Explain Ruby LASER under the following heads: Construction – working with Diagram.
Ruby LASER Construction:
(i) Active medium:
It is a solid-state laser, in which a rod of a synthetic ruby crystal is used as an active medium. The ruby crystal is obtained by doping a small amount (about 0.05% by weight) of chromium oxide (Cr2O3) in Aluminum oxide (Al2O3), so that some of the aluminum ions (Al3+) are replaced by chromium ions (Cr3+). These chromium ions give the crystal a pink or red color depending upon the doping concentration. Al2O3 only acts as the host while the chromium ions act as active centers in ruby crystal and responsible for the laser action. The length of the ruby rod is usually 2 cm to 30 cm and the diameter is 0.5 cm to 2 cm. Ruby LASER
To construct the optical resonator cavity, the ends of the rods are polished such that they become flat and parallel to each other. Now one of the ends is coated with silver completely while the other one is partially silvered. Thus, the two silver-coated ends of the rod act as an optical resonator system.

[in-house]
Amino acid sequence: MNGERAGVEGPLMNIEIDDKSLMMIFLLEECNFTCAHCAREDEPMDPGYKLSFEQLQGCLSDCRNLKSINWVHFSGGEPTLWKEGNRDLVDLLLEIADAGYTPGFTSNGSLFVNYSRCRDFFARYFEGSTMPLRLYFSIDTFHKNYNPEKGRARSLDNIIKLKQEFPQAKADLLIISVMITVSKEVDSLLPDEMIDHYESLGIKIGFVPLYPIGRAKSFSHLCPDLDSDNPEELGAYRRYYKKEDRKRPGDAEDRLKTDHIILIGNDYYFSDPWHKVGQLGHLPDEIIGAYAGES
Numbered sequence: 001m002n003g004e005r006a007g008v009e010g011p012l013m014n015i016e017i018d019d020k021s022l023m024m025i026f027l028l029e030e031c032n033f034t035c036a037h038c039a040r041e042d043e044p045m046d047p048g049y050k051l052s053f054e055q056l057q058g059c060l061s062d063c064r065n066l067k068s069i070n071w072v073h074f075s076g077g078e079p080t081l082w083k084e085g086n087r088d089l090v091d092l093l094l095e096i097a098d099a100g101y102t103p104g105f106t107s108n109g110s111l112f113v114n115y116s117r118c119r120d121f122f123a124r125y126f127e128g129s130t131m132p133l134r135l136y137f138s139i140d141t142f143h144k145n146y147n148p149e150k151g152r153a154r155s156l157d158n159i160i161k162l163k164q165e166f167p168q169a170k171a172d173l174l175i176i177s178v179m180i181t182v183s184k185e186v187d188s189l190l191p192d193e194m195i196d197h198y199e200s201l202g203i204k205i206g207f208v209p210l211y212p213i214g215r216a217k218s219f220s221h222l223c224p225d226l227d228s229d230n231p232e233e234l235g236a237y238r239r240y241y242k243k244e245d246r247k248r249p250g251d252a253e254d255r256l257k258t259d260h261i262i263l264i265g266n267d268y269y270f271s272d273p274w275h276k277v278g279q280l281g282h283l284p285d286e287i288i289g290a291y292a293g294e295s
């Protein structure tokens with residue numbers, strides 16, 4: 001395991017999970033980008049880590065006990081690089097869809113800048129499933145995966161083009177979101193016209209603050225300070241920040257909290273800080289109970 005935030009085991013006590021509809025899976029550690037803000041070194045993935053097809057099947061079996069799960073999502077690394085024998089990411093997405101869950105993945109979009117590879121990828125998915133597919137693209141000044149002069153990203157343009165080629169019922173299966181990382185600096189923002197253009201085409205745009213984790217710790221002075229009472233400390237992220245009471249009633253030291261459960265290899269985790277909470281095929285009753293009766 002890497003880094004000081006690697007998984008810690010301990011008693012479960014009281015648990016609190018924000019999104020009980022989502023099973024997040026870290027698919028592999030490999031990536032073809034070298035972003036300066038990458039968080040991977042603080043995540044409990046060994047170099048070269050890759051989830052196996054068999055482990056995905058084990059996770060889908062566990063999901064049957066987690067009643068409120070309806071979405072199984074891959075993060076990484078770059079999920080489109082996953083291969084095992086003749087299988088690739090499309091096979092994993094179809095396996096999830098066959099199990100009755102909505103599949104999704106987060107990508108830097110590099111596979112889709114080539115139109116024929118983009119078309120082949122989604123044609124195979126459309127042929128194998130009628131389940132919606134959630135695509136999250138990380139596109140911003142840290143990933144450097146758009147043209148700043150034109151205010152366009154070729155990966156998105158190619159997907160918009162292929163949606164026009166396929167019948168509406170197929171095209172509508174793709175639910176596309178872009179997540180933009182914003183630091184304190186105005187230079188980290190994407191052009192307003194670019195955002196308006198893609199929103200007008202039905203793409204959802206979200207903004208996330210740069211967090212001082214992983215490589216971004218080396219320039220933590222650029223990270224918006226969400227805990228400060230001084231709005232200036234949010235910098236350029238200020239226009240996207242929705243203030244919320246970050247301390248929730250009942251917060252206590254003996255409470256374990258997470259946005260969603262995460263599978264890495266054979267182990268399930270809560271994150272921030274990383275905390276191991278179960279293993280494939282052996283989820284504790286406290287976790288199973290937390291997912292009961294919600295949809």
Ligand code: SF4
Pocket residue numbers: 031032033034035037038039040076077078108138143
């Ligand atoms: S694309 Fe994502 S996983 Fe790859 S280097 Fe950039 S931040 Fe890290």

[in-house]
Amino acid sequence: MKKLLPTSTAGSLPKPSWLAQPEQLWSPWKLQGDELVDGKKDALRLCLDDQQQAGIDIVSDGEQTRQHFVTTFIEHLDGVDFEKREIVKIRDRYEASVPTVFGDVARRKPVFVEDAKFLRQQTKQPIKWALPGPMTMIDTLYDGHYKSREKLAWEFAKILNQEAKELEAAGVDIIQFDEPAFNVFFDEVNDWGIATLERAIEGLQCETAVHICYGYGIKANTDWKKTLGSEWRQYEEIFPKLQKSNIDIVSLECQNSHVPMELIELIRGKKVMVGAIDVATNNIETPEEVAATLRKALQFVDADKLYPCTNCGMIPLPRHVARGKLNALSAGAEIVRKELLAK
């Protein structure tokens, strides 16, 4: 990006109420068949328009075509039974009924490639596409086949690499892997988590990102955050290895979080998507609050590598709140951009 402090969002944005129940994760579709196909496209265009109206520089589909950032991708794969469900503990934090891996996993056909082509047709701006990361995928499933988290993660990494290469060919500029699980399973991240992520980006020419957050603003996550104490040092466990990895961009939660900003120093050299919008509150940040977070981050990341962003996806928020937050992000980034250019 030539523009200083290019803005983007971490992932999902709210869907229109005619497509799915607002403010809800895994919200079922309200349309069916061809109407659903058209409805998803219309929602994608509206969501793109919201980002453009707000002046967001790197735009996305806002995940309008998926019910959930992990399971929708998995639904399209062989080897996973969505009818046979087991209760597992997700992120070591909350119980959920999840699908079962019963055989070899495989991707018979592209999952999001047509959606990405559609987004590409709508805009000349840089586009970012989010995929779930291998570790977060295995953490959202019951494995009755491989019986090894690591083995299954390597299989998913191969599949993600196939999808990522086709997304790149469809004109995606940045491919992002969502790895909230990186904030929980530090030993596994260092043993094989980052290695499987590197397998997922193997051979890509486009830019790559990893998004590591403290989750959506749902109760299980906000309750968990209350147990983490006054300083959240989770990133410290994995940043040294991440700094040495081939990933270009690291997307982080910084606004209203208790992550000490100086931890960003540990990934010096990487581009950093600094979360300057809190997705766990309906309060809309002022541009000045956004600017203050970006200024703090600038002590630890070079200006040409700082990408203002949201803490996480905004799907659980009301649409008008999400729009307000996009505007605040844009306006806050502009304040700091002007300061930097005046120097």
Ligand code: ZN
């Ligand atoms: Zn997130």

(iii) Pumping system:
Ruby is a three energy level laser system. After absorbing light photons of wavelength 5500 Å from xenon flash lamp, some of the Cr3+ ions at ground energy level E1 get excited to higher energy level E3. At this energy level, they are unstable and by losing a part of their energy to the crystal lattice, they fall to the metastable energy level E2, whose lifetime is much longer (about 10-3 s). Therefore, the number of Cr3+ ions goes on increasing in E2 state while the number of these ions in ground state E2 goes on decreasing due to pumping by the flash lamp and soon the population inversion is achieved between states E2 and E1.
Now some of the Cr3+ ions will decay spontaneously to the ground state E1 by emitting photons of wavelength 6943 Å. The photons that are moving parallel to the axis of the rod will reflect back and forth by the silvered ends of the rod and stimulate other excited Cr3+ ions to radiate another photon with the same phase. Thus, due to successive reflections of these photons at the ends of the rod, the number of photons multiplies. After a few microseconds, a monochromatic, intense, and collimated beam of red light of wavelength 6943 Å emerges through the partially silvered end of the rod. The Ruby laser is a pulsed laser that emits light in the form of very short pulses.